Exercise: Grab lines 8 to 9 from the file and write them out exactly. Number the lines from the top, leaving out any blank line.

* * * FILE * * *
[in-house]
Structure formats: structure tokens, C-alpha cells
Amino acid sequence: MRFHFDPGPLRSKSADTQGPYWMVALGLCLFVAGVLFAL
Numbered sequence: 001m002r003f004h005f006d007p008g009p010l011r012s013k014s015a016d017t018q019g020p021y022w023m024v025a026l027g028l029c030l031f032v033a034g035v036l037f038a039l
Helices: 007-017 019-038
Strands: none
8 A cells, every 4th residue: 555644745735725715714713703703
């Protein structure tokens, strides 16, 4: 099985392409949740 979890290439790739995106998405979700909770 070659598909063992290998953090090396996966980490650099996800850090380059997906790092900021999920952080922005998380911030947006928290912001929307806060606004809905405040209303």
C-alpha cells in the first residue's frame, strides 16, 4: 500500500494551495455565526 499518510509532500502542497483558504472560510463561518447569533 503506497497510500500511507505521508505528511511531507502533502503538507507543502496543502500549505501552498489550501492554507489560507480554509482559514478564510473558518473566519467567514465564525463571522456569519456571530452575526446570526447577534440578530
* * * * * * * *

């Protein structure tokens, strides 16, 4: 099985392409949740 979890290439790739995106998405979700909770 070659598909063992290998953090090396996966980490650099996800850090380059997906790092900021999920952080922005998380911030947006928290912001929307806060606004809905405040209303």
C-alpha cells in the first residue's frame, strides 16, 4: 500500500494551495455565526 499518510509532500502542497483558504472560510463561518447569533 503506497497510500500511507505521508505528511511531507502533502503538507507543502496543502500549505501552498489550501492554507489560507480554509482559514478564510473558518473566519467567514465564525463571522456569519456571530452575526446570526447577534440578530